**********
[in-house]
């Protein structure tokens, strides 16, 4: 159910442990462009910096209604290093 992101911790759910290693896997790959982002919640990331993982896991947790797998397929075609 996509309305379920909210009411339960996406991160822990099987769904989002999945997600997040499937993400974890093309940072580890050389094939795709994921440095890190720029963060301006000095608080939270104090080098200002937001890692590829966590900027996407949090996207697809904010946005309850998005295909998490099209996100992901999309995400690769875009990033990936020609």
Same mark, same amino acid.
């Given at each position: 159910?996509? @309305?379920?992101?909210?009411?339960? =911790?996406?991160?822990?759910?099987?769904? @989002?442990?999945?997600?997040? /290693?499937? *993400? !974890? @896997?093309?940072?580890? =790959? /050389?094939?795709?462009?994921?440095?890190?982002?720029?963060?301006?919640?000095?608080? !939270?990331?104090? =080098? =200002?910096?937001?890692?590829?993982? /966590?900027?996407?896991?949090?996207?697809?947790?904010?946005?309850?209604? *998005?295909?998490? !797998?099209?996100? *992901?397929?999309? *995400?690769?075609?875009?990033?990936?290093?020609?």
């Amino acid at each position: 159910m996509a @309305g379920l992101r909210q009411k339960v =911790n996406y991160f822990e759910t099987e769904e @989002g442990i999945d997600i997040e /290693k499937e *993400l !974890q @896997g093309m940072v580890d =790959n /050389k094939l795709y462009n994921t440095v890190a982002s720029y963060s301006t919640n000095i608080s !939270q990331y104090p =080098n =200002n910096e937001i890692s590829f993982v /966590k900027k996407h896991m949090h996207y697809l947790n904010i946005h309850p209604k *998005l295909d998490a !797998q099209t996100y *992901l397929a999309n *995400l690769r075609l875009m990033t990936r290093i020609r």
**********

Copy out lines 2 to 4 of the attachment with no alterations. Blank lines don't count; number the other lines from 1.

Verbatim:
């Protein structure tokens, strides 16, 4: 159910442990462009910096209604290093 992101911790759910290693896997790959982002919640990331993982896991947790797998397929075609 996509309305379920909210009411339960996406991160822990099987769904989002999945997600997040499937993400974890093309940072580890050389094939795709994921440095890190720029963060301006000095608080939270104090080098200002937001890692590829966590900027996407949090996207697809904010946005309850998005295909998490099209996100992901999309995400690769875009990033990936020609």
Same mark, same amino acid.
């Given at each position: 159910?996509? @309305?379920?992101?909210?009411?339960? =911790?996406?991160?822990?759910?099987?769904? @989002?442990?999945?997600?997040? /290693?499937? *993400? !974890? @896997?093309?940072?580890? =790959? /050389?094939?795709?462009?994921?440095?890190?982002?720029?963060?301006?919640?000095?608080? !939270?990331?104090? =080098? =200002?910096?937001?890692?590829?993982? /966590?900027?996407?896991?949090?996207?697809?947790?904010?946005?309850?209604? *998005?295909?998490? !797998?099209?996100? *992901?397929?999309? *995400?690769?075609?875009?990033?990936?290093?020609?």